Friday, May 2, 2008
Shostakovich "Violin Concerto No. 1" at SF Symphony
Last night I took in Dmitri Shostakovich's "Violin Concerto No. 1" at the SF Symphony. The soloist on violin was Vadim Gluzman (pictured here), an absolute assassin of a violinist, who rose to the occasion of a concerto that demands virtuosic ability from its soloist.
I first became aware of Shostakovich when I found myself entranced by the opening music in Eyes Wide Shut. (In fairness, the footage on-screen was Nicole Kidman naked; the association might now be permanent in my mind, and thus the love of Shostakovich perhaps?) It's no accident that Kubrick chose this composer to score a story about the dissatisfaction simmering beneath the perfect veneer of an upscale married couple; Shostakovich composed his music under Soviet rule in the Thirties and Forties, and his works are superficially stately and beautiful (as demanded by Soviet authorities) but contain a barely repressed chaos.
At times, a Shostakovich composition can seem to be on the verge of flying off its own rails…in many ways he is the great underminer of all that's superficially pleasing about classical music... one of classical music's great postmodernists.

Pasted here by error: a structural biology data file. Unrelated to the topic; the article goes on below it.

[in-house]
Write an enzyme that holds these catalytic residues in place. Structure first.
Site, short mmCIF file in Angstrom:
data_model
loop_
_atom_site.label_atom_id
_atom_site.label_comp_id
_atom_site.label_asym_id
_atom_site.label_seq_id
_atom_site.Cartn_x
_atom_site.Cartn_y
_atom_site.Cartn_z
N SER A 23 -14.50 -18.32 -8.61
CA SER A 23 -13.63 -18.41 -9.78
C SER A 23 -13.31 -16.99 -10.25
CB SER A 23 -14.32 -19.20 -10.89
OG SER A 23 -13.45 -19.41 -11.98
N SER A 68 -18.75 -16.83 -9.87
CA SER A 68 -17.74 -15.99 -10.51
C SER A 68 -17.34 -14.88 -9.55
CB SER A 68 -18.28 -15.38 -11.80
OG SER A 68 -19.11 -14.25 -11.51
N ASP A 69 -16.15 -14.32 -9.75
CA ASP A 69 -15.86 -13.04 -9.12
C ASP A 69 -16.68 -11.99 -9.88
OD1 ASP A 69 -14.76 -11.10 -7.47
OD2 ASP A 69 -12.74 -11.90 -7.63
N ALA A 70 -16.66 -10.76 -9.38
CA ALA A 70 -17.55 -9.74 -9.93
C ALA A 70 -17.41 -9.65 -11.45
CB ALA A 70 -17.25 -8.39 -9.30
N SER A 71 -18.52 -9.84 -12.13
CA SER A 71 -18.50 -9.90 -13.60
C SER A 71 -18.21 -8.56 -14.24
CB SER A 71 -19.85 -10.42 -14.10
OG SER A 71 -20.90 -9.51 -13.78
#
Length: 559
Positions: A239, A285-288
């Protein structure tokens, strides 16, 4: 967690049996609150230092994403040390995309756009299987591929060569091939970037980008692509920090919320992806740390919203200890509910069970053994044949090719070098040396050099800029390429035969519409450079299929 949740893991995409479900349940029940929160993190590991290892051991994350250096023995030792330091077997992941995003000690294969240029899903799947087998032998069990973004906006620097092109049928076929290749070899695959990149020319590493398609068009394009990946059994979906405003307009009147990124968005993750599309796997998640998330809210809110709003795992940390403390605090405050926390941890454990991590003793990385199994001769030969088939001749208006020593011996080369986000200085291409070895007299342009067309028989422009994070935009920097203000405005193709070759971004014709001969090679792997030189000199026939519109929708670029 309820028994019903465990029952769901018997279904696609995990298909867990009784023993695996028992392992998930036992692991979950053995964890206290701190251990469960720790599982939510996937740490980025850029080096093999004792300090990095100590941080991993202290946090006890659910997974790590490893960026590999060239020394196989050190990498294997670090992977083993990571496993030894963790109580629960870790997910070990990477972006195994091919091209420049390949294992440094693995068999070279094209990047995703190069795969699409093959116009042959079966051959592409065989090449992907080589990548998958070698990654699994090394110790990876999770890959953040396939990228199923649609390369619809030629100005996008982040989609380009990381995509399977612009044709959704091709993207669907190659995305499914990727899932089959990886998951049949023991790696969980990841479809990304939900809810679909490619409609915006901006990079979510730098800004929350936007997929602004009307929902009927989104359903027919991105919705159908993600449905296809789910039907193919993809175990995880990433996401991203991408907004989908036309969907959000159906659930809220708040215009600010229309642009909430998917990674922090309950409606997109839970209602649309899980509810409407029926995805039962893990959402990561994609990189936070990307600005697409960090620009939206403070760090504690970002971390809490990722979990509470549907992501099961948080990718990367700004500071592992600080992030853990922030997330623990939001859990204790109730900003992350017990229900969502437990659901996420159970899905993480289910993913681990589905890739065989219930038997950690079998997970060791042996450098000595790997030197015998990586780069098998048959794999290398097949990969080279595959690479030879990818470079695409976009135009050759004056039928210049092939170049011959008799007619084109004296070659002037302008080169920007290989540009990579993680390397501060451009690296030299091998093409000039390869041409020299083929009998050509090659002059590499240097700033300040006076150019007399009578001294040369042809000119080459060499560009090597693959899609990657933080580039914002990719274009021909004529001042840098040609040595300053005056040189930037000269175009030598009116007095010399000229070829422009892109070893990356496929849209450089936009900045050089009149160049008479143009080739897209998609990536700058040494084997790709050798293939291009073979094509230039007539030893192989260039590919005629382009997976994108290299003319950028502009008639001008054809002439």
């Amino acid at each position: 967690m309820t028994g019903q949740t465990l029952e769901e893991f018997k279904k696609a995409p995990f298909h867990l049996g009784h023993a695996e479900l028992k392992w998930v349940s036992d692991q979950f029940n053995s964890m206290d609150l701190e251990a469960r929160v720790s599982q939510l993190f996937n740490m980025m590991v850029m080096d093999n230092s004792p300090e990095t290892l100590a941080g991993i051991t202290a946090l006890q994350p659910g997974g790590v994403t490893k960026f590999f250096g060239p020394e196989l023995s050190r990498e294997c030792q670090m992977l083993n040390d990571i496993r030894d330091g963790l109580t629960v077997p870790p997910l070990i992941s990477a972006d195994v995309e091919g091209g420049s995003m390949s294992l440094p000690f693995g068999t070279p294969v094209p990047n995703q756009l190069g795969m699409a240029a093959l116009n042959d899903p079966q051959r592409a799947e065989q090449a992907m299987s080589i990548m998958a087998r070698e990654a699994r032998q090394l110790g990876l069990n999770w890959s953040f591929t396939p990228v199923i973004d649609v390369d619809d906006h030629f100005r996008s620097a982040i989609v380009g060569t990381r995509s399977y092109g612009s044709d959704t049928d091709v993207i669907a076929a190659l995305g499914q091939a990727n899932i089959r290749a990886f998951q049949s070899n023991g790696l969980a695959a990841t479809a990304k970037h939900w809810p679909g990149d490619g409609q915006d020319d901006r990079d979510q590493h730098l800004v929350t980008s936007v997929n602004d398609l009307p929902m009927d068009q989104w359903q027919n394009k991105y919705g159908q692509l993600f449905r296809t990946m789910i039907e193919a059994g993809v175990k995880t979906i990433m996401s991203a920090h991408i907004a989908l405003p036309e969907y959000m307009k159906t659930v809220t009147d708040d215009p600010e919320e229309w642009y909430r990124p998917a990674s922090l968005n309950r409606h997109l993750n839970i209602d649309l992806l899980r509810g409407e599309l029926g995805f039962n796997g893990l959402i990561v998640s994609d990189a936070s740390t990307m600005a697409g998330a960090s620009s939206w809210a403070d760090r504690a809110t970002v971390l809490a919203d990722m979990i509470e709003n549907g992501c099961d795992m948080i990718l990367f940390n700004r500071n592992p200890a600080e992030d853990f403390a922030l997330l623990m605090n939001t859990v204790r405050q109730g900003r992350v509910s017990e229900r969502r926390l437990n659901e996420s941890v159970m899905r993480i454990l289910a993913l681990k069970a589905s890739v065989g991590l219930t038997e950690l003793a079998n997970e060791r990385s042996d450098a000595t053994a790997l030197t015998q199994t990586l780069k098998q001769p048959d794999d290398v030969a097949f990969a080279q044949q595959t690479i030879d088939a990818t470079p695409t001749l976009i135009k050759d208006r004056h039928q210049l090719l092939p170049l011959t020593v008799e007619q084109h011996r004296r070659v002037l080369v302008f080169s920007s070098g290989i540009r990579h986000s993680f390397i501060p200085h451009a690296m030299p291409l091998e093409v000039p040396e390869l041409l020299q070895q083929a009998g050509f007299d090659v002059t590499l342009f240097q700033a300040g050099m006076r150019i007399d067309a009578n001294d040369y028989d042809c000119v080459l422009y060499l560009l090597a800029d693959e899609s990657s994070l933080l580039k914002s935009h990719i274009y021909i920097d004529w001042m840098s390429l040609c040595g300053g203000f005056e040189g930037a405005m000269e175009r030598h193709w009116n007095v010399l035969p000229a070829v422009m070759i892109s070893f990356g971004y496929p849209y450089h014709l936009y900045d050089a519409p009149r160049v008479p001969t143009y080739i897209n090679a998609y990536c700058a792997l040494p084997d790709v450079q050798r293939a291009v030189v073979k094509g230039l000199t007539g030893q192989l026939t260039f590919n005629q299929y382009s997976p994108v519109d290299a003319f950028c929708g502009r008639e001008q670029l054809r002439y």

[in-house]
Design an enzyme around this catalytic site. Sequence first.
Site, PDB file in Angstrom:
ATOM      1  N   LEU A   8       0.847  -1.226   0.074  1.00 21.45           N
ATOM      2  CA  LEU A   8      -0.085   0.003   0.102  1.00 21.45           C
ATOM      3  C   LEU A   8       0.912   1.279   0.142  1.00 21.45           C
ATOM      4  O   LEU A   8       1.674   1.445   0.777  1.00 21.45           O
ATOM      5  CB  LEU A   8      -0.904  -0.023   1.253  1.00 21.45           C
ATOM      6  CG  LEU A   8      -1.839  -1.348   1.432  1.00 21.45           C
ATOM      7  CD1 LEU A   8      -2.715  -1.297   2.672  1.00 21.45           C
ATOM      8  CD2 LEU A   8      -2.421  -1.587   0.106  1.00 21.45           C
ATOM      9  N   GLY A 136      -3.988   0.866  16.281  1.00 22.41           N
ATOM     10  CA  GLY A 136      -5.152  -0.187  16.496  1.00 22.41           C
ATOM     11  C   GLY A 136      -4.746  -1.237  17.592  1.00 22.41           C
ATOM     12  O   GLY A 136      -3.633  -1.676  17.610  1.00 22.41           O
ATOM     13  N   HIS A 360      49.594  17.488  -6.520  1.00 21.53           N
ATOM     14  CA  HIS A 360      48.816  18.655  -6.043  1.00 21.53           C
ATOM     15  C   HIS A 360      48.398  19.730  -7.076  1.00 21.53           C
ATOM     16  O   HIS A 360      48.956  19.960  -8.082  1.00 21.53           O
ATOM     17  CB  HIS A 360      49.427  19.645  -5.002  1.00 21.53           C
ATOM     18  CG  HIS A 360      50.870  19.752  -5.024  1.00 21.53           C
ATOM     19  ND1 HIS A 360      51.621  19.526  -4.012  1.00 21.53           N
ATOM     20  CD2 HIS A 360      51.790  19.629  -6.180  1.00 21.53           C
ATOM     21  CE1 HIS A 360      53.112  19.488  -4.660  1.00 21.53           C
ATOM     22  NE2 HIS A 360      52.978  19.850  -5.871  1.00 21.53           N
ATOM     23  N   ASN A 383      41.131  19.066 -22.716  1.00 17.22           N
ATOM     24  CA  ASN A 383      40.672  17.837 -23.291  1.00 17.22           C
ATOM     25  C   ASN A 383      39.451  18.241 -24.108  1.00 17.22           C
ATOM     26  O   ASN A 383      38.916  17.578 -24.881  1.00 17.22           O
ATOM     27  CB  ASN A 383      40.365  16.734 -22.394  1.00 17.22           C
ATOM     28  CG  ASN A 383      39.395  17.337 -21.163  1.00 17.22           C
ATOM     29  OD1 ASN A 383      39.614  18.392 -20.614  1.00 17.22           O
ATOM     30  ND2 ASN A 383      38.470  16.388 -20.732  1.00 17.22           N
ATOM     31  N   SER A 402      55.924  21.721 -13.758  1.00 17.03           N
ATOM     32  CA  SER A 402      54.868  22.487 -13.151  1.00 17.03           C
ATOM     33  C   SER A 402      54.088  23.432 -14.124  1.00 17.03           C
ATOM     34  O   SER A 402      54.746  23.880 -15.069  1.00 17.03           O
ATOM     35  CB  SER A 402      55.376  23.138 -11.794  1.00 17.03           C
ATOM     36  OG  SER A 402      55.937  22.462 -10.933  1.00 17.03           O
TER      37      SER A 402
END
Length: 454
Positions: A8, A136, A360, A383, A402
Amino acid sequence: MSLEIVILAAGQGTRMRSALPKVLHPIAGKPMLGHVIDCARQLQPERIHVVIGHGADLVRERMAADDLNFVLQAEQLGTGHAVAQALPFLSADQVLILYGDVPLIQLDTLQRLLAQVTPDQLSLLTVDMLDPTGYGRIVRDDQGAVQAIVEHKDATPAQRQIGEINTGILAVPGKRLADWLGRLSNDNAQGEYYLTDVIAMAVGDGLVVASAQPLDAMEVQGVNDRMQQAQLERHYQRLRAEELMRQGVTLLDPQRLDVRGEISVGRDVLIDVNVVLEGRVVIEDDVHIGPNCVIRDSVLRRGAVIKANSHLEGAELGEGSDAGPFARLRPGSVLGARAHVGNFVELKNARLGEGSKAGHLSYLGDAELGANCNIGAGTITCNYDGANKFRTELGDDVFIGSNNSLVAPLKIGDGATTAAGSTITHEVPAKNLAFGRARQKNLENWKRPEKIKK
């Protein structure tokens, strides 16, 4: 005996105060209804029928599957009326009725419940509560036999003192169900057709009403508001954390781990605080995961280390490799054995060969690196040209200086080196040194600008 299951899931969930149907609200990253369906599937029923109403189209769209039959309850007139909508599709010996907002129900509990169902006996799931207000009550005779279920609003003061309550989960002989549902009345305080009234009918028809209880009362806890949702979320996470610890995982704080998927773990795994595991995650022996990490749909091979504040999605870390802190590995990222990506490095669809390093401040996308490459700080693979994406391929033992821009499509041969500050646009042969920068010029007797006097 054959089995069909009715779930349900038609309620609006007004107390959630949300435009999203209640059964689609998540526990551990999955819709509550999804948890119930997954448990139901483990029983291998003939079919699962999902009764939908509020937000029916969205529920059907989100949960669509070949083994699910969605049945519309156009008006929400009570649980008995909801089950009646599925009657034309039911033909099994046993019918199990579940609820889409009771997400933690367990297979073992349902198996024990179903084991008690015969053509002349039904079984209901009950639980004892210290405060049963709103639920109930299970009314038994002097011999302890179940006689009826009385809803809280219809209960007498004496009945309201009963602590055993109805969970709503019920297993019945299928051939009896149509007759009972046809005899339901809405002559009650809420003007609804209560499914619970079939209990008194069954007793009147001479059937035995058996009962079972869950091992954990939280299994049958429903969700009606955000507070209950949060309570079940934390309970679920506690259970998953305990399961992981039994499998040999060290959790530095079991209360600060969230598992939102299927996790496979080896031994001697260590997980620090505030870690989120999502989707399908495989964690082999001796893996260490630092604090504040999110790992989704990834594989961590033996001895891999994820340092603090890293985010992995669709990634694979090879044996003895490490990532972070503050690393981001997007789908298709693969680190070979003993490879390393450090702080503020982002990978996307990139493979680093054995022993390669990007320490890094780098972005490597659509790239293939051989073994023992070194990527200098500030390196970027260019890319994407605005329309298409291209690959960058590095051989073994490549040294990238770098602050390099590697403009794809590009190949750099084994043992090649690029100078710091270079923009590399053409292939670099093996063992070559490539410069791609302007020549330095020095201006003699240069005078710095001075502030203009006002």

"Violin Concerto No. 1" runs about 35 minutes and can only be described as ferocious. After a slow, brooding opening movement, the orchestra uncorks the buildup and the violinist commences terrorizing. Violinists are actually prone to snapping bowstrings as they shred their instrument with Rachmaninoff-type intensity. There's a sense you're watching a violinist's high-wire act.
(Check out this YouTube video of a teenage Sayaka Shoji killing the final movement, if you want a taste of what the concerto sounds like and what it demands of its soloist.)
I normally can't relate to classical music...but unlike so many classical composers, Shostakovich wasn't spending his time attending balls and eating bonbons and trying to impress his local emperor-patron. Instead, Shostakovich was living in the gray cinderblock wasteland of Soviet Russia with Stalin writing nasty op-ed columns about his work…here was a composer who had to worry about a midnight train ride to Siberia, and his music sounds like it.
Fun note: Mr. Gluzman plays a Stradivarius violin made in 1690, which is on extended loan to him from the Stradivari Society. It's in very good hands.